recommended reading

Obama official agrees more needs to be done on stimulus transparency

New stimulus oversight chief Earl Devaney faced sharp questions today from House lawmakers as the Recovery Accountability and Transparency Board ramps up operations.

The former Interior Department inspector general told members of the House Oversight and Government Reform Committee at a hearing that firm estimates of how much of the $787 billion had been dispensed by federal agencies were not yet available. He also said adequate rules for standardized spending reports remained elusive and that virtually no funding was available for the state and local officials charged with auditing local spending.

Rep. Dennis Kucinich, D-Ohio, challenged Devaney to offer an estimate of how much cash had made its way into job-creating programs. Devaney replied that "a lot" of the federal funding had been disbursed through pre-existing agency grant formulas already vetted to minimize waste and fraud.

Kucinich shot back a stern request for him to quantify "a lot," adding, "Is it stimulating the economy? Do you know?" Reporting requirements for the stimulus package -- passed only a month ago do not contain an established metric to measure job creation, a data hole that the accountability board hopes to fill, Devaney said. But he said the Obama administration was responsible for the specifics of such a measure and he did not expect to be involved with its drafting.

The Web site will remain under OMB for another 30 to 45 days, while Devaney, who has yet to obtain new office space, completes hiring and setting up basic infrastructure for the transparency board. Faced with questions about the lack of streamlined data flowing to the Web site, which is the administration's primary means of delivering on President Obama's promise of transparency, Devaney said he is still evaluating OMB's guidelines.

"I arrived at the train station and found out that the train had already left," he said.

The plain-spoken government watchdog, peppered with questions, responded with an optimistic assessment of the board's ultimate value to taxpayers. "If we do this right, it will serve as a model for the future," he told the panel. "Undoubtedly it won't be right in the beginning. As we go forward, we will refine this."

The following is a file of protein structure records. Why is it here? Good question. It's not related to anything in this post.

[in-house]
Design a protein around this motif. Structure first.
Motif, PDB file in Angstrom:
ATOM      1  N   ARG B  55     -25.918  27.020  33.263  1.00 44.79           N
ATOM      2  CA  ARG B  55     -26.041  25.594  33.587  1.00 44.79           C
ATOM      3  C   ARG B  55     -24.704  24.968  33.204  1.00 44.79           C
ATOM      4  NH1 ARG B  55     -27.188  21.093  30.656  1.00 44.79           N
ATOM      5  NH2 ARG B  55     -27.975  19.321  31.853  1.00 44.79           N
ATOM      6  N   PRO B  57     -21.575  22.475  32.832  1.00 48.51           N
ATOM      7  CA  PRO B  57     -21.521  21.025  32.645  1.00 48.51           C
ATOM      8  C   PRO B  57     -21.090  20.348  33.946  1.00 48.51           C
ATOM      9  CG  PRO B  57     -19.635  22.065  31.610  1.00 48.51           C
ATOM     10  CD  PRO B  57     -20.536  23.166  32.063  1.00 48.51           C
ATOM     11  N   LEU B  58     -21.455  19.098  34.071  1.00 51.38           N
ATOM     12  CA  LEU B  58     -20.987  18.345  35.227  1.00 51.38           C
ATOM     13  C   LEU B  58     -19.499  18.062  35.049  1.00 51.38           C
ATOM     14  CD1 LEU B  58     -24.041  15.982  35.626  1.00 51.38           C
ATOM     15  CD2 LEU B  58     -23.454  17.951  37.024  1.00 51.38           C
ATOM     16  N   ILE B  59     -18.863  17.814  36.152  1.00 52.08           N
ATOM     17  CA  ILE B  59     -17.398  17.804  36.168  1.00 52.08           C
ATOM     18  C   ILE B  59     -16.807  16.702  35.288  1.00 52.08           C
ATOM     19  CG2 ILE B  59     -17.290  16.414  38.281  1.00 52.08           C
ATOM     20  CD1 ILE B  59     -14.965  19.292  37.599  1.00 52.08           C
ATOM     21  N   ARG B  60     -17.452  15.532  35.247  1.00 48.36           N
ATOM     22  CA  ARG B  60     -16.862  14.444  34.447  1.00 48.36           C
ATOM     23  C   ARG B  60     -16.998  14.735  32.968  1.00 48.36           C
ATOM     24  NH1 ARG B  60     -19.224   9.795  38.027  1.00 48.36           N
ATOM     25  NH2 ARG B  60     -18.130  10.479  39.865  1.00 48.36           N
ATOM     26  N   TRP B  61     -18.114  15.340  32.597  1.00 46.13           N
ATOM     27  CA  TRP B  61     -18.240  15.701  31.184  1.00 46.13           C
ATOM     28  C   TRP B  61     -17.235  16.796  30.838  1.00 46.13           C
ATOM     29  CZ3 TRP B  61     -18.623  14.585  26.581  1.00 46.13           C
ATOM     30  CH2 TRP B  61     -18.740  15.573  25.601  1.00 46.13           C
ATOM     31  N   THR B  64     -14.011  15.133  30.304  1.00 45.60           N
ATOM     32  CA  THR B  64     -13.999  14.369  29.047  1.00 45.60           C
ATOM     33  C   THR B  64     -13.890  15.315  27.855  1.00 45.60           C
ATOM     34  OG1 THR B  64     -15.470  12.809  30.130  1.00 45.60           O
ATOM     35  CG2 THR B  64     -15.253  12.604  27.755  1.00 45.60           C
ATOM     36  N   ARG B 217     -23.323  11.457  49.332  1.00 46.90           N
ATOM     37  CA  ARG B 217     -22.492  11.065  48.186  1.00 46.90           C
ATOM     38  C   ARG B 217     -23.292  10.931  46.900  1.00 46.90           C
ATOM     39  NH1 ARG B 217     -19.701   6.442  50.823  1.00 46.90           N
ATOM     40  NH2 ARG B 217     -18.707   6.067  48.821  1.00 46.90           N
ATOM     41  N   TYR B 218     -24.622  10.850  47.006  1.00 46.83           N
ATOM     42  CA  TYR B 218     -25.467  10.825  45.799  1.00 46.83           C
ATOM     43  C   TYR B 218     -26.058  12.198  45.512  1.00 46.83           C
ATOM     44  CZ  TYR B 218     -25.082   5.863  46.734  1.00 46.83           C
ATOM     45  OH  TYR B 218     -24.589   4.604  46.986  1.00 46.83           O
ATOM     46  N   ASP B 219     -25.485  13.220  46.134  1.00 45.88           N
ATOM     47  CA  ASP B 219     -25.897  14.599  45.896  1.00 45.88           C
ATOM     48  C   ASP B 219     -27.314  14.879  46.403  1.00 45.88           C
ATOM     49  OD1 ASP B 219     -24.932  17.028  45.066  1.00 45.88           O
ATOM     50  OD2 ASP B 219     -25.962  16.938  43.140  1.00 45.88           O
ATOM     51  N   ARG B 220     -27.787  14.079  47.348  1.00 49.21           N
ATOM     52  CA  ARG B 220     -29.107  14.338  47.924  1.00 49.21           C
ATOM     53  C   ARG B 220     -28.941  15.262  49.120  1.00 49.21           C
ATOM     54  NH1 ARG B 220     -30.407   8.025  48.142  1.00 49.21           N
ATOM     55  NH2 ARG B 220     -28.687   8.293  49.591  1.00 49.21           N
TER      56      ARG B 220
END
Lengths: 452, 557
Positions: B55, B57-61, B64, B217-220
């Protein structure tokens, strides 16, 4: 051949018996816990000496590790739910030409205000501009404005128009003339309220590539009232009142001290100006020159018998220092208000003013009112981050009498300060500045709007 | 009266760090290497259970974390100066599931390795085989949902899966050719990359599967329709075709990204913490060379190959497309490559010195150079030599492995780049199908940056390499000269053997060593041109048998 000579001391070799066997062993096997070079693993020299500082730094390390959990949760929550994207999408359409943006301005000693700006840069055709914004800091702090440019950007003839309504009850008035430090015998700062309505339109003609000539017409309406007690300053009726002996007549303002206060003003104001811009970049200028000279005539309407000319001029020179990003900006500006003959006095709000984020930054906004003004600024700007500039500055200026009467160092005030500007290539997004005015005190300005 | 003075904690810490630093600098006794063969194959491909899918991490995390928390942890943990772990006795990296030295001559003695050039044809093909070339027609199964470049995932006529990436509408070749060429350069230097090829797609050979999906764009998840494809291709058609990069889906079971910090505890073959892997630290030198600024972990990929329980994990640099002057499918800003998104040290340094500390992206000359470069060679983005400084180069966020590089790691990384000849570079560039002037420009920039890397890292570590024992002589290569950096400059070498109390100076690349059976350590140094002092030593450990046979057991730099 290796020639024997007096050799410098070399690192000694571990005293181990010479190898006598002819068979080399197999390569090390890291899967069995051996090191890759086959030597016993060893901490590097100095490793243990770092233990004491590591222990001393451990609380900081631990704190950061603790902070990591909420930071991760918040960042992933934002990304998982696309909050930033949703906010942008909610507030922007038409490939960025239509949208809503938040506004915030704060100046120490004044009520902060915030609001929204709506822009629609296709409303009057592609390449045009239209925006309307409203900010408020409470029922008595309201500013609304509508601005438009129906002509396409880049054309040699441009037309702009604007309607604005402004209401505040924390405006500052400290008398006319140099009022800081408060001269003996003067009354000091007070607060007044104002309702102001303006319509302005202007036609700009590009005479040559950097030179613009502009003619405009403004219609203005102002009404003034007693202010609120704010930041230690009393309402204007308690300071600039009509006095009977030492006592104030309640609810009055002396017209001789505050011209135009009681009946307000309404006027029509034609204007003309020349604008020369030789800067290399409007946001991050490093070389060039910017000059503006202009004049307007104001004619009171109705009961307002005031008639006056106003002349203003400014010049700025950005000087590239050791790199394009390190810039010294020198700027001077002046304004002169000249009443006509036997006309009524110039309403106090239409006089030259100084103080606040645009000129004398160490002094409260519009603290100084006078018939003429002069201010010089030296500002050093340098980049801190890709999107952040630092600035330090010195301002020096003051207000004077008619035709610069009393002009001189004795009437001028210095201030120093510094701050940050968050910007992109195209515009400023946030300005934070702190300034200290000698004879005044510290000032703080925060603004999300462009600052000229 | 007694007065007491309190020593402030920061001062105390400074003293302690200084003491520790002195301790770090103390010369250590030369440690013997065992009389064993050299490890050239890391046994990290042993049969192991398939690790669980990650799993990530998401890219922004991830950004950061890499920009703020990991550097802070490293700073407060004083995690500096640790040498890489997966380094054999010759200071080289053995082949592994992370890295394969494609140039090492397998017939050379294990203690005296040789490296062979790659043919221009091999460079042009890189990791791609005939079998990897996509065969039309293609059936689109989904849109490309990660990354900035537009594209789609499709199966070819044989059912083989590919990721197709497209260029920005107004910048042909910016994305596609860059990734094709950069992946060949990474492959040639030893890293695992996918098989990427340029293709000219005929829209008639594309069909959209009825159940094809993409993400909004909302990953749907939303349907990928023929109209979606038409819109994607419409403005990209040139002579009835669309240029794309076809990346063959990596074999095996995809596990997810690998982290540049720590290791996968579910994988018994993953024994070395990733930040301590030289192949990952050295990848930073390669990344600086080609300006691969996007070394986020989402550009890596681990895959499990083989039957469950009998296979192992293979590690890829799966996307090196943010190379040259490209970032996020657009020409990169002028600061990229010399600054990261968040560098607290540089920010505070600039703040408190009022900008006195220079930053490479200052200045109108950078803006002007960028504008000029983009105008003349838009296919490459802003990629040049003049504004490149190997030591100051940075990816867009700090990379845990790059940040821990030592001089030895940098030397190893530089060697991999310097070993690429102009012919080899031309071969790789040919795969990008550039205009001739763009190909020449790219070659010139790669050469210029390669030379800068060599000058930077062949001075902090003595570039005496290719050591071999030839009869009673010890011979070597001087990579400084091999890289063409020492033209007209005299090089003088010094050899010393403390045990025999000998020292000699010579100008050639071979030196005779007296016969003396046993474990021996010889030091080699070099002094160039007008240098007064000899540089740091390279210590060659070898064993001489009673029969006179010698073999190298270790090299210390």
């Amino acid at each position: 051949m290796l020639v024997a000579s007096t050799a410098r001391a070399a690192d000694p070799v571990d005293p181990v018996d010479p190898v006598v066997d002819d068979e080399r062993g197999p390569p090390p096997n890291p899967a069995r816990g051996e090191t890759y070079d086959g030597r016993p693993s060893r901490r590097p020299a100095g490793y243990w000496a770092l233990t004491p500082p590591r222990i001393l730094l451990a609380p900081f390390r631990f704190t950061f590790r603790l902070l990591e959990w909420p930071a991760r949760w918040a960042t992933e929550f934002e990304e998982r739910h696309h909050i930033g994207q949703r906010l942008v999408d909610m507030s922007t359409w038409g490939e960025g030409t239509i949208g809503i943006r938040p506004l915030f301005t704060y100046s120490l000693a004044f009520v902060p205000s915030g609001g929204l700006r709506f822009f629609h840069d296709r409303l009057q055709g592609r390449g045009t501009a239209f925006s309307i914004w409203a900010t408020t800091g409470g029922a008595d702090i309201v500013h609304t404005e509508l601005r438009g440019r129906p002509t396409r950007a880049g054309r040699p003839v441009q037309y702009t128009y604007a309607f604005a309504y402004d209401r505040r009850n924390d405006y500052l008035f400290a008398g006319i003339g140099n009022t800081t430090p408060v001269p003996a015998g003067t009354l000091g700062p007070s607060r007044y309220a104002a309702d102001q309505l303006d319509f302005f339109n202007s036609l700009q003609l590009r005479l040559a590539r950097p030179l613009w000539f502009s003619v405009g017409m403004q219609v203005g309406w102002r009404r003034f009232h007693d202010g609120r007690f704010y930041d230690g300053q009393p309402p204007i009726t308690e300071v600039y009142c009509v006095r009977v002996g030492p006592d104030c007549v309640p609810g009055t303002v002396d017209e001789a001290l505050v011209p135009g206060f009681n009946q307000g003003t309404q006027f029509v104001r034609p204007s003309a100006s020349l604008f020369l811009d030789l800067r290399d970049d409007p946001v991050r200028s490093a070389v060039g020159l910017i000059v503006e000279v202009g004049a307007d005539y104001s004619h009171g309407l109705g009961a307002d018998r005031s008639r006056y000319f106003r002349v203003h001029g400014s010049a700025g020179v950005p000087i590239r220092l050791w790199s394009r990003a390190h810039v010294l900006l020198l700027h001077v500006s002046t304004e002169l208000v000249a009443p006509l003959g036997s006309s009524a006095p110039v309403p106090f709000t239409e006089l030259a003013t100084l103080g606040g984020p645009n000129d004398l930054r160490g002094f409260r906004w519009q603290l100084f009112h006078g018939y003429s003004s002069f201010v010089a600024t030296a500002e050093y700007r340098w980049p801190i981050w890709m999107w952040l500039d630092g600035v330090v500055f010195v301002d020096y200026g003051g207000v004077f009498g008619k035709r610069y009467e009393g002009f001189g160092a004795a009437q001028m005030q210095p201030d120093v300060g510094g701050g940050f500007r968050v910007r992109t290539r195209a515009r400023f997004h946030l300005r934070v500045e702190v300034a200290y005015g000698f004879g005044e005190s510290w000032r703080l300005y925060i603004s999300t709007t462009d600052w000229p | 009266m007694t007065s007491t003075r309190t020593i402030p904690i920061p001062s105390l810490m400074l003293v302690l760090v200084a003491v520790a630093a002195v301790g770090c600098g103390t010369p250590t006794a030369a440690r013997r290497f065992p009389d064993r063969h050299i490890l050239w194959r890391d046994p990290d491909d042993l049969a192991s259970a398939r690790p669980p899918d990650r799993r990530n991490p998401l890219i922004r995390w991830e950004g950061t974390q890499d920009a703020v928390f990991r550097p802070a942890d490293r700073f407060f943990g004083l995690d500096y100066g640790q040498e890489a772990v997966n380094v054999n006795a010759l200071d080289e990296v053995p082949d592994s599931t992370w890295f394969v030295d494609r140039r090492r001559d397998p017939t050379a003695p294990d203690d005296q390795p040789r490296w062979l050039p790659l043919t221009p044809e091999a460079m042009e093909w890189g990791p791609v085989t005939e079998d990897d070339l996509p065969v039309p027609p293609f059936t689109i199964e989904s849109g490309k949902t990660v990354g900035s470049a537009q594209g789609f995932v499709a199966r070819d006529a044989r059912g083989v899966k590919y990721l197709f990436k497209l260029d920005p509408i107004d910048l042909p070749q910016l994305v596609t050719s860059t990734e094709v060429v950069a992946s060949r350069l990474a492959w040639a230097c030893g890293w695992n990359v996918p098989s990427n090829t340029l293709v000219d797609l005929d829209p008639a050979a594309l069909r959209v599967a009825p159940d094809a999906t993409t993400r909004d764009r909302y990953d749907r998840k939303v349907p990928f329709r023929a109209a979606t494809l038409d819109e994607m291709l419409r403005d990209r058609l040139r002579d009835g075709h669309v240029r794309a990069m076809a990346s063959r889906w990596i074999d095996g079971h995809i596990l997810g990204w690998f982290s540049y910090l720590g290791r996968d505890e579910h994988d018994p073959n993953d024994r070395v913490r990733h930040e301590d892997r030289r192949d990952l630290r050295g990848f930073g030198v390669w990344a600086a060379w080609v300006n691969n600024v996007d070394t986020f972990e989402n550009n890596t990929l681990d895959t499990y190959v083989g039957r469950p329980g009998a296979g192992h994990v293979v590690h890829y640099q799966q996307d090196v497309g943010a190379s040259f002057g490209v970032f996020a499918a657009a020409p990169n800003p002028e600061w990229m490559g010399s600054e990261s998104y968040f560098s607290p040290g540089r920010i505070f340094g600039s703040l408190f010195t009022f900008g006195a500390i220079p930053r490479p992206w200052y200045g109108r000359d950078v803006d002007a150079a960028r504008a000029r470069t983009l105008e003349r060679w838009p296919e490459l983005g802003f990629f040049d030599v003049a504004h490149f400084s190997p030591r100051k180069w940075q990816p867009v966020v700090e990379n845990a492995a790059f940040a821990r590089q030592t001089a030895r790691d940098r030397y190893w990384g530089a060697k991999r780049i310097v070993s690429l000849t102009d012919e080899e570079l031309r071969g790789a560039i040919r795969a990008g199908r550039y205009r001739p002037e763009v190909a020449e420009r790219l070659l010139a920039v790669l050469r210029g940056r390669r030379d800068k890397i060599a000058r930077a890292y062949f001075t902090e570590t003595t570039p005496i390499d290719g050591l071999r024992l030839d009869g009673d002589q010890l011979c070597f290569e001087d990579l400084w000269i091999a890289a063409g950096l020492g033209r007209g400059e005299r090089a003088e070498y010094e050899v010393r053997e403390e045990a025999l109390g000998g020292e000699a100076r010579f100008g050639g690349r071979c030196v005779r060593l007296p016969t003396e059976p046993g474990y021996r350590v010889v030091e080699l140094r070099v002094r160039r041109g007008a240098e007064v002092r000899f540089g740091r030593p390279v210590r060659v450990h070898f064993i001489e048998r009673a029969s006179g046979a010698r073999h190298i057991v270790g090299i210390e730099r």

Oversight and Government Reform Chairman Edolphus Towns said he will send a letter this afternoon to Vice President Biden -- to whom Devaney reports -- requesting that the administration convene a "high-tech roundtable" of public and private sector information technology professionals to outline a standardized method of creating a user-friendly spending database.

Threatwatch Alert

Thousands of cyber attacks occur each day

See the latest threats


Close [ x ] More from Nextgov

Thank you for subscribing to newsletters from
We think these reports might interest you:

  • It’s Time for the Federal Government to Embrace Wireless and Mobility

    The United States has turned a corner on the adoption of mobile phones, tablets and other smart devices, outpacing traditional desktop and laptop sales by a wide margin. This issue brief discusses the state of wireless and mobility in federal government and outlines why now is the time to embrace these technologies in government.

  • Featured Content from RSA Conference: Dissed by NIST

    Learn more about the latest draft of the U.S. National Institute of Standards and Technology guidance document on authentication and lifecycle management.

  • A New Security Architecture for Federal Networks

    Federal government networks are under constant attack, and the number of those attacks is increasing. This issue brief discusses today's threats and a new model for the future.

  • Going Agile:Revolutionizing Federal Digital Services Delivery

    Here’s one indication that times have changed: Harriet Tubman is going to be the next face of the twenty dollar bill. Another sign of change? The way in which the federal government arrived at that decision.

  • Software-Defined Networking

    So many demands are being placed on federal information technology networks, which must handle vast amounts of data, accommodate voice and video, and cope with a multitude of highly connected devices while keeping government information secure from cyber threats. This issue brief discusses the state of SDN in the federal government and the path forward.

  • The New IP: Moving Government Agencies Toward the Network of The Future

    Federal IT managers are looking to modernize legacy network infrastructures that are taxed by growing demands from mobile devices, video, vast amounts of data, and more. This issue brief discusses the federal government network landscape, as well as market, financial force drivers for network modernization.


When you download a report, your information may be shared with the underwriters of that document.